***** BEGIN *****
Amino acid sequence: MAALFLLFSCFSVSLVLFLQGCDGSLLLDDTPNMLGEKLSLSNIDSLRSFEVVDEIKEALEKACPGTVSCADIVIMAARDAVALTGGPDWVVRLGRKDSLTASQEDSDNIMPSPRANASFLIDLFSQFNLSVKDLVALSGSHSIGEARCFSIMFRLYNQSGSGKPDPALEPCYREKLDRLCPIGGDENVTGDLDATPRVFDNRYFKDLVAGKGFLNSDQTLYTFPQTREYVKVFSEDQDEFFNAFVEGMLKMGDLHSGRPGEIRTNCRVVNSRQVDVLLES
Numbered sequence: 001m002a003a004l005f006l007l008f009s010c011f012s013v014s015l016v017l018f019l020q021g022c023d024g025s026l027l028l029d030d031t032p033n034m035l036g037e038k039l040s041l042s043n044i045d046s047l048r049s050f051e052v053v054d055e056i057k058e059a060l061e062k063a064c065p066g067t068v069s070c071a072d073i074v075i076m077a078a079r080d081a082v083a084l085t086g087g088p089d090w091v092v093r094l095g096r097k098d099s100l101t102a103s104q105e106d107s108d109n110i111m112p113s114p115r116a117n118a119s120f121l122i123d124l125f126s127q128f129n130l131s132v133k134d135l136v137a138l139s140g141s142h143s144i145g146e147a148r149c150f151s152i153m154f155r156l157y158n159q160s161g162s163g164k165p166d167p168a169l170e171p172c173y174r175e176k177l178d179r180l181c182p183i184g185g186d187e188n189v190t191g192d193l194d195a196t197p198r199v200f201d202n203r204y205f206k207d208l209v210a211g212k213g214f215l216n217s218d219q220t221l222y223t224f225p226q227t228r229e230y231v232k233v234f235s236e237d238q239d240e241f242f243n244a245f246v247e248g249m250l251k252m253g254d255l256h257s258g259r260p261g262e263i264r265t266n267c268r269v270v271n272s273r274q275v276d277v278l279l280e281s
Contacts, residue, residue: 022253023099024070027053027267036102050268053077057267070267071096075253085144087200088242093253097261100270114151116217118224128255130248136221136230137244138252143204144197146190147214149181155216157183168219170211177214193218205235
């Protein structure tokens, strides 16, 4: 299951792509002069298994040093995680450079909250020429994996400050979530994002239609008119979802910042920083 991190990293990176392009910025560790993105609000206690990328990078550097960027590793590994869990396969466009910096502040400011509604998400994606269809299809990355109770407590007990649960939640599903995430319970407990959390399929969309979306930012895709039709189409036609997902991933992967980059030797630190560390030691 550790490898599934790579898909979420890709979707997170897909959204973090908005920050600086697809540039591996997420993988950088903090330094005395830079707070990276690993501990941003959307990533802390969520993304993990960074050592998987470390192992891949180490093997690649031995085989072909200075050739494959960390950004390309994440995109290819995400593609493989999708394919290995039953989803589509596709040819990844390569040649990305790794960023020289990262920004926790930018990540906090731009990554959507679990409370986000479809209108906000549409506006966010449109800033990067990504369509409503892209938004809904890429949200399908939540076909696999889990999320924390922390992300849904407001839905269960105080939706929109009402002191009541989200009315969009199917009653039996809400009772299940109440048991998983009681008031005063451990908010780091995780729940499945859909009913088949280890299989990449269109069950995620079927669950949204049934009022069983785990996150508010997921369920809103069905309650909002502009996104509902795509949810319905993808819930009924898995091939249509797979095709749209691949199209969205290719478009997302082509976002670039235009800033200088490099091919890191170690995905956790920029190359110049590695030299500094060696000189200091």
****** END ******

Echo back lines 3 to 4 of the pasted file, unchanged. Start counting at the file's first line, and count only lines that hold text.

Contacts, residue, residue: 022253023099024070027053027267036102050268053077057267070267071096075253085144087200088242093253097261100270114151116217118224128255130248136221136230137244138252143204144197146190147214149181155216157183168219170211177214193218205235
């Protein structure tokens, strides 16, 4: 299951792509002069298994040093995680450079909250020429994996400050979530994002239609008119979802910042920083 991190990293990176392009910025560790993105609000206690990328990078550097960027590793590994869990396969466009910096502040400011509604998400994606269809299809990355109770407590007990649960939640599903995430319970407990959390399929969309979306930012895709039709189409036609997902991933992967980059030797630190560390030691 550790490898599934790579898909979420890709979707997170897909959204973090908005920050600086697809540039591996997420993988950088903090330094005395830079707070990276690993501990941003959307990533802390969520993304993990960074050592998987470390192992891949180490093997690649031995085989072909200075050739494959960390950004390309994440995109290819995400593609493989999708394919290995039953989803589509596709040819990844390569040649990305790794960023020289990262920004926790930018990540906090731009990554959507679990409370986000479809209108906000549409506006966010449109800033990067990504369509409503892209938004809904890429949200399908939540076909696999889990999320924390922390992300849904407001839905269960105080939706929109009402002191009541989200009315969009199917009653039996809400009772299940109440048991998983009681008031005063451990908010780091995780729940499945859909009913088949280890299989990449269109069950995620079927669950949204049934009022069983785990996150508010997921369920809103069905309650909002502009996104509902795509949810319905993808819930009924898995091939249509797979095709749209691949199209969205290719478009997302082509976002670039235009800033200088490099091919890191170690995905956790920029190359110049590695030299500094060696000189200091």